NEW YORK — Crime spikes in the summer, and car thefts are no exception. July and August are the top months for vehicle theft, according to the National Insurance Crime Bureau. That's no surprise — the weather's nicer and it's easier to leave cars in a driveway than park them in a garage.
Here are some devices and tips to deter would-be thieves.
Lock it up:
Vigilant car owners should invest in at least one device to prevent theft. One of the most common is a steering wheel lock, a bar that is affixed to the wheel and locked into place by the owner. The wheel becomes almost impossible to turn if a thief breaks in.
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You can find these devices at any auto parts supply store or on Amazon.com, where prices range from $10 to $75. One of the more popular locks, "The Club," costs $39.99.
For extra security, consider investing in a tire locking devices, such as a boot. These devices, which lock your wheels in place, can be a more troublesome to attach and remove, but make your car much less tempting to thieves. They generally cost more than $100 and can be ordered on Amazon or at parts supply stores.
A good way to help recover a stolen car is to install a vehicle tracking system, such as LoJack or OnStar.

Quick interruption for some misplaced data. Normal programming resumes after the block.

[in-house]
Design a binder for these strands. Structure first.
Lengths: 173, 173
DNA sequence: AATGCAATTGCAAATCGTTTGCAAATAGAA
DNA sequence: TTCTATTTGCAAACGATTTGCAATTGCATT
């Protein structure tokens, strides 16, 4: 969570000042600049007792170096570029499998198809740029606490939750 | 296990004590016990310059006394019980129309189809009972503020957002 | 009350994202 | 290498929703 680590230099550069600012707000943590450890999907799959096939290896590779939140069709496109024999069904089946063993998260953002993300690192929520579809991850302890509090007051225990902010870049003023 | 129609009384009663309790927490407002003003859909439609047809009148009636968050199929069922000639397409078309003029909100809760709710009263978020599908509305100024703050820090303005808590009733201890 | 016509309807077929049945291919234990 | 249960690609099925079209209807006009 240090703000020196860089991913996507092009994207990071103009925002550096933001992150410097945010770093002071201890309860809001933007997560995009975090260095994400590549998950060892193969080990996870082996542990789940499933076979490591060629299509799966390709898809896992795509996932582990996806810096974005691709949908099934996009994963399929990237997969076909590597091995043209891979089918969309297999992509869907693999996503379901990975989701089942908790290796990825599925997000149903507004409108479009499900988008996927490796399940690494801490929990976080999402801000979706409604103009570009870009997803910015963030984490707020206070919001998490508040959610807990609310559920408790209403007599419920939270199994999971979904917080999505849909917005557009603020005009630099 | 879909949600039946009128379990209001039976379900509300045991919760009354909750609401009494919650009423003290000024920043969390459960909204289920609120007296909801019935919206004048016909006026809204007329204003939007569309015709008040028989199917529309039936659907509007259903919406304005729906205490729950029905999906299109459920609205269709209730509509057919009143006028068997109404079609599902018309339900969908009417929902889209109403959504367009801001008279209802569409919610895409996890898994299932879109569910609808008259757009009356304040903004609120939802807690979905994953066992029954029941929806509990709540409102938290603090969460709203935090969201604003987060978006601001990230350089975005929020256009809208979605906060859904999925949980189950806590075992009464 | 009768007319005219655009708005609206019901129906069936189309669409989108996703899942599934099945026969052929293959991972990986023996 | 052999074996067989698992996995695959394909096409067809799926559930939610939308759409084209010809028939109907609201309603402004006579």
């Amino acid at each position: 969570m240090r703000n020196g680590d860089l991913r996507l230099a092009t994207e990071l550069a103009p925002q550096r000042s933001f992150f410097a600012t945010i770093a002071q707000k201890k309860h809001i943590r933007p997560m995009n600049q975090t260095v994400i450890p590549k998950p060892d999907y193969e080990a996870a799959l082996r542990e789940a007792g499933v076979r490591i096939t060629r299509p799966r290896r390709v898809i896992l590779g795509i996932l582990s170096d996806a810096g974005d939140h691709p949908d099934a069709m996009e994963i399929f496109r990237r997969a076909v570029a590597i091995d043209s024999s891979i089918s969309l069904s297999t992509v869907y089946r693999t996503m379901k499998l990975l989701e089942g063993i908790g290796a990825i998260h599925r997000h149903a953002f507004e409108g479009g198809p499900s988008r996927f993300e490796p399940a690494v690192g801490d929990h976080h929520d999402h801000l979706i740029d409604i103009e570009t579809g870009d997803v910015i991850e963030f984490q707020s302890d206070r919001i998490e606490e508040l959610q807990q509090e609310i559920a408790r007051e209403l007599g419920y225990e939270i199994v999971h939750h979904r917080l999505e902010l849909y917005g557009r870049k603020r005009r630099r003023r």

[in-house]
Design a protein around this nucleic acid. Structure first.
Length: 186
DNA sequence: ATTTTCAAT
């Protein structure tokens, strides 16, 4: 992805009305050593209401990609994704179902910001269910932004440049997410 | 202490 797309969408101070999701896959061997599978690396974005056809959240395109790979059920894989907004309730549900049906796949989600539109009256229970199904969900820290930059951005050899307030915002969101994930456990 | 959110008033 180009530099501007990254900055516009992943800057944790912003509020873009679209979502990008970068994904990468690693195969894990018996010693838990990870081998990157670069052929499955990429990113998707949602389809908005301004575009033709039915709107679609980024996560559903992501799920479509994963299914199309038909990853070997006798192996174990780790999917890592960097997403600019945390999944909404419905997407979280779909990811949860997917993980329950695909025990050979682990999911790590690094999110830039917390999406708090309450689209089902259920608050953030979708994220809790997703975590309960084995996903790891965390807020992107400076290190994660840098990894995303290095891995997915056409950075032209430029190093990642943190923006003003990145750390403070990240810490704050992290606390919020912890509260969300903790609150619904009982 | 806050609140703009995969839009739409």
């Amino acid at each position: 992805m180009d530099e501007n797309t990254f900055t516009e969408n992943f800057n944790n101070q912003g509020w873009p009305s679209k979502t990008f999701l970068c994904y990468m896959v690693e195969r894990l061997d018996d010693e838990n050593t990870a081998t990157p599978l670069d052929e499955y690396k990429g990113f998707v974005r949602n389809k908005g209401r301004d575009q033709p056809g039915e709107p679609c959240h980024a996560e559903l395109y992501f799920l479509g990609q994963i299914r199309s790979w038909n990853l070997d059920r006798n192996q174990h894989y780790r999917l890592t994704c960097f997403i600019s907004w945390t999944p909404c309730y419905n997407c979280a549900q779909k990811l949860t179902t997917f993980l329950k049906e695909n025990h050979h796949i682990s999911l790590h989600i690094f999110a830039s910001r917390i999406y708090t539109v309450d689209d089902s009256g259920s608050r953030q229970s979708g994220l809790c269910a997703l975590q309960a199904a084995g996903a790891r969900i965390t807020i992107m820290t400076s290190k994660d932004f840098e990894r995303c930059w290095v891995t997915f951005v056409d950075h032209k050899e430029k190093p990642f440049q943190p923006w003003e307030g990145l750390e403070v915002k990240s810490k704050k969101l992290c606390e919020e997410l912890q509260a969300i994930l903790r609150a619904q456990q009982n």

LoJack, which has a one-time price of $695, uses a radio device installed in your car to help police locate the vehicle if stolen. The company boasts a 90 percent recovery rate for stolen vehicles that use the service.
OnStar, which is only available in GM cars, goes several steps farther. Besides alerting police when a car is snatched, it also slows down the vehicle and blocks the ignition from being restarted once it's turned off. The service starts at $18.95 a month and offers accident-assistance services.
Remember the basics:
The most effective steps are the commonsense ones. Keep windows rolled up. Lock doors always, even if parking in a garage. If you have a garage, use it for parking, not storage, and lock it if you can. Otherwise, park in a well-lit area.
Rick Ward, director of auto claims at MetLife Auto & Home, offers the following advice for those who park outdoors: Before you leave your car, turn the wheels as far as possible to the right or left, then engage the parking brake. This makes it extremely difficult to tow your car or load it onto a truck, a common method of car theft.
Clear it out:
When you park your car, clear any valuables from view that might tempt thieves to smash your window, or even steal your car.
That's especially true for electronics, which are high-value targets among thieves, says Terri Miller, director of the Michigan-based group Help Eliminate Auto Theft.
"GPS units and DVD players and cell phones and iPods are eye candy to thieves right now," Miller says.